- Associated Press - Wednesday, May 20, 2015

Sunday, May 24

On this date in 1869, John Wesley Powell and his party began their historic exploration of the Colorado River.

On this date in 1915, Arizona and California celebrated the opening of the new “Ocean to Ocean” highway bridge at Yuma.

On this date in 1925, R.J. Jones of Phoenix, who owned a 160-acre tract of land located a mile and a half from the Casa Grande ruins, announced that the land would be subdivided and a new town called Coolidge would be built.

On this date in 1930, the State of Arizona presented a bronze statue of John Campbell Greenway to Statuary Hall in Washington, D.C.

On this date in 2013, a federal judge rules that the office of Joe Arpaio, the self-proclaimed America’s toughest sheriff, systematically racially profiled Latinos in its trademark immigration patrols. The decision marks the first finding by a court that the Maricopa County Sheriff’s Office racially profiles people.

Monday, May 25

On this date in 1892, the Arizona Medical Association was organized in Phoenix. It was incorporated on June 16, 1950.

On this date in 1929, Yuma Mesa Grapefruit Co. announced it would erect a $25,000 packing house in Yuma and the Bomberger Seed Co. would construct a $10,000 warehouse and seed laboratory.

Tuesday May 26

On this date in 1881, the first telephone office was established in Tucson.

On this date in 1894, the city of Flagstaff was incorporated.

On this date in 1909, the Pima County Court dismissed a 22-year-old murder indictment against Geronimo.

On this date in 1910, the Pima County Board of Supervisors ruled they would not license saloons in mining camps that had no police force.

On this date in 1915, the first furnace was put into operation at the Clarkdale Smelter to smelt the ore from the United Verde mines at Jerome.

On this date in 1930, President Herbert Hoover signed the proclamation creating Sunset Crater National Monument.

Wednesday, May 27

On this date in 1896, the first commencement of Phoenix Union High School was held at the Phoenix Opera House. Keynote speaker John E. Merriam talked on “What Electrical Science is Doing for the World.”

On this date in 1910, it was announced that Picacho Mine, which had sat idle in the Cababi Mountains for many years, was to reopen.

Thursday, May 28

On this date in 1909, two bankers who wrecked the First National Bank in Bisbee were given the minimum sentence of five years in prison.

On this date in 1910, the Pima County Board of Supervisors offered $500 for the arrest and conviction of the killers of stage line operator and rancher Oscar Buckalew.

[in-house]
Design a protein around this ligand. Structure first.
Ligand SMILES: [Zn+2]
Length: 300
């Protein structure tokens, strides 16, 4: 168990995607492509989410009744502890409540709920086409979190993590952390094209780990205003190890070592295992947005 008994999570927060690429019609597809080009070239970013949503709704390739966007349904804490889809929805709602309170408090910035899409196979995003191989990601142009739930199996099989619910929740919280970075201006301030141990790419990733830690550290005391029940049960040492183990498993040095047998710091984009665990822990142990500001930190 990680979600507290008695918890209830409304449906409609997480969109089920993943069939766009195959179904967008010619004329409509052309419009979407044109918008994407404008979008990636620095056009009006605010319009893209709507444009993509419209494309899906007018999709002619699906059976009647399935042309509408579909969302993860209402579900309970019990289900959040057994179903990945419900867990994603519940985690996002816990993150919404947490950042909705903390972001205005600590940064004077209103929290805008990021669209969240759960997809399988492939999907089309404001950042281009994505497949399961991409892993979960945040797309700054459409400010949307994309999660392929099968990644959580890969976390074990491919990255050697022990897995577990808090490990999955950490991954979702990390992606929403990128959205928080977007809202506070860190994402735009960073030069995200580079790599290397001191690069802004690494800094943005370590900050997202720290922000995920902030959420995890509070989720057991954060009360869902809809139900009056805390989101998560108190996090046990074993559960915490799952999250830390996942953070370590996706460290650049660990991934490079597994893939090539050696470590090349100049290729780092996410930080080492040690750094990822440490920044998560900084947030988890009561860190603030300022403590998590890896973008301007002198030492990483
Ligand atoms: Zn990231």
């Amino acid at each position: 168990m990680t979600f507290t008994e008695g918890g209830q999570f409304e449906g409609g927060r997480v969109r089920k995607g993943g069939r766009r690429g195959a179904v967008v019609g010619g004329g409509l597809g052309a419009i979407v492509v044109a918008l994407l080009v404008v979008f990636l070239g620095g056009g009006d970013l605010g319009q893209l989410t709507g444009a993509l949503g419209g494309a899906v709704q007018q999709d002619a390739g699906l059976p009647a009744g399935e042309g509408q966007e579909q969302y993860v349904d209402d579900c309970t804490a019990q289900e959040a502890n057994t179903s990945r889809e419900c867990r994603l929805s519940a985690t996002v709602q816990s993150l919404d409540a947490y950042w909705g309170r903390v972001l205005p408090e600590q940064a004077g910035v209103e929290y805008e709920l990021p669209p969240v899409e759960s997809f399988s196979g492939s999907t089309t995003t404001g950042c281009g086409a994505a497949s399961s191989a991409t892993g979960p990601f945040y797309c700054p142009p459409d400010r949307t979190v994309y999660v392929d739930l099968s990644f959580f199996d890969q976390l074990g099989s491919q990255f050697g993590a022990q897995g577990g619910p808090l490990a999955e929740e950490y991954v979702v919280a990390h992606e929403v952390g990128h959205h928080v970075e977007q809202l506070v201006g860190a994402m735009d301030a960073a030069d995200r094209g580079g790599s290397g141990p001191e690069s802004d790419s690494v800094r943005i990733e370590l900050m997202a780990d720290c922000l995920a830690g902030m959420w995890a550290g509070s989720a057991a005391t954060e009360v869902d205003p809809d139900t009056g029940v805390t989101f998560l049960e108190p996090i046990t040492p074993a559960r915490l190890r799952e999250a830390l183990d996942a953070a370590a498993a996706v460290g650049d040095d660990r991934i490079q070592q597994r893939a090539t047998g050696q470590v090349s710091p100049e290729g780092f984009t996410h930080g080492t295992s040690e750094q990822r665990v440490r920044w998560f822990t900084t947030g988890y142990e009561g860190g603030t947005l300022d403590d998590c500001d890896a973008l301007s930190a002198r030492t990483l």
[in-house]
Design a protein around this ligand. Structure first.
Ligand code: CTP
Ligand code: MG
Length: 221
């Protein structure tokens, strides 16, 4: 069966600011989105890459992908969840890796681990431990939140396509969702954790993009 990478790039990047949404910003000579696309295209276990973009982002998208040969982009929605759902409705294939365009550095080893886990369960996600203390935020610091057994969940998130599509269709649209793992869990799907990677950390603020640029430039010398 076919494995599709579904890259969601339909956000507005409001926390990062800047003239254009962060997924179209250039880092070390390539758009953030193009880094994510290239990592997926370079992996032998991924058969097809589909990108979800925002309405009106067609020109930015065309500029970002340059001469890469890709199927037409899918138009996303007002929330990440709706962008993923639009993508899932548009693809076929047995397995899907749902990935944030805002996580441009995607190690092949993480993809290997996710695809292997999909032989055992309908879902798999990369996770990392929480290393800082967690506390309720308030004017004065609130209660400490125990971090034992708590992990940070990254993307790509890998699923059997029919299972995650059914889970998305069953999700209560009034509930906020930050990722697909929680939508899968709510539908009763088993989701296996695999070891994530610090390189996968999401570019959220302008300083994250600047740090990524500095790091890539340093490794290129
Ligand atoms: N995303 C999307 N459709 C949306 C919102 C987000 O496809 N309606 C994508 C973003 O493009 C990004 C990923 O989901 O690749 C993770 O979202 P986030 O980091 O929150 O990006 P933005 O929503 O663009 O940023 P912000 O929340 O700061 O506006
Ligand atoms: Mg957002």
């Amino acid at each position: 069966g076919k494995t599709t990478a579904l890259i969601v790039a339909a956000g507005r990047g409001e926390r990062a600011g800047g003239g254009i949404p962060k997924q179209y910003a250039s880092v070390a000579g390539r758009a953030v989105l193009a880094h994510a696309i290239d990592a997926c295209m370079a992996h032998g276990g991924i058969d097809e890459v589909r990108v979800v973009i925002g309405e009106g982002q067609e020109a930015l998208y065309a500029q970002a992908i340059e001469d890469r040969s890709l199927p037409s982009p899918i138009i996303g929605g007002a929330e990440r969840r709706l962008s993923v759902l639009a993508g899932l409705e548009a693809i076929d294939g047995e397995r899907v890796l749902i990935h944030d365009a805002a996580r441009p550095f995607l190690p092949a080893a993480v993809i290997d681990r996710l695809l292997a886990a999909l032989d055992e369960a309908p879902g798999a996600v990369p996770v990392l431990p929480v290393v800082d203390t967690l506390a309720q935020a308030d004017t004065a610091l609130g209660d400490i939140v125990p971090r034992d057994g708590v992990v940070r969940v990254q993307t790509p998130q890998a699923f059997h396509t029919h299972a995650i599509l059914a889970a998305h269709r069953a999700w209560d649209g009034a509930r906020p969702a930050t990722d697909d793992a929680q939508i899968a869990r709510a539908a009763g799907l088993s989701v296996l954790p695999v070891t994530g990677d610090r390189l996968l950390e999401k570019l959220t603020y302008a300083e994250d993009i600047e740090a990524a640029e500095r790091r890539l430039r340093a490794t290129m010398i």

On this date in 1910, Red Springs, a community located eight miles north of Globe and considered a suburb of Miami, was practically wiped out by fire which destroyed 19 of the 23 houses in town.

On this date in 1912, Executive Order 1538 set aside the Ak Chin Reservation for the Maricopa Indians.

On this date in 1918, Matthew B. Rivers, a Pima Indian, became the first Arizonan to be killed in action in World War I. He died in Catigny, France as a member of Company K, 28th Infantry.

Friday, May 29

On this date in 1856, Camp Moore in the Sonoita Valley was renamed Fort Buchanan.

On this date in 1873, a troop of the 5th Cavalry established a camp on the San Carlos River near Gila. It became the headquarters for the military government of the San Carlos Indian Agency.

On this date in 1895, the University of Arizona held its first commencement with three graduates.

On this date in 1998, former Sen. Barry Goldwater, who served five terms as Arizona’s U.S. senator and lost a bid for the presidency in 1964, dies at age 89 at his home in Paradise Valley.

On this date in 2011, the Wallow Fire breaks out in the Apache-Sitgreaves National Forest and goes on to become at the time the largest wildfire in Arizona. The fire was caused by a campfire started by two cousins.

Saturday, May 30

On this date in 1864, a group of residents along Granite Creek met and established the town of Prescott, named after historian William Hickling Prescott.

On this date in 1910, President William Howard Taft signed Proclamation 1043, establishing Rainbow Bridge National Monument.

On this date in 1910, Richard Gird, partner of Ed and Al Schiefflin in the founding of Tombstone, and known in later years as the “father of the California beet sugar industry,” died.

On this date in 1935, the Governors of Arizona and Utah met at Boulder City to unveil a memorial plaque dedicated to the 89 men killed during construction of Boulder Dam.

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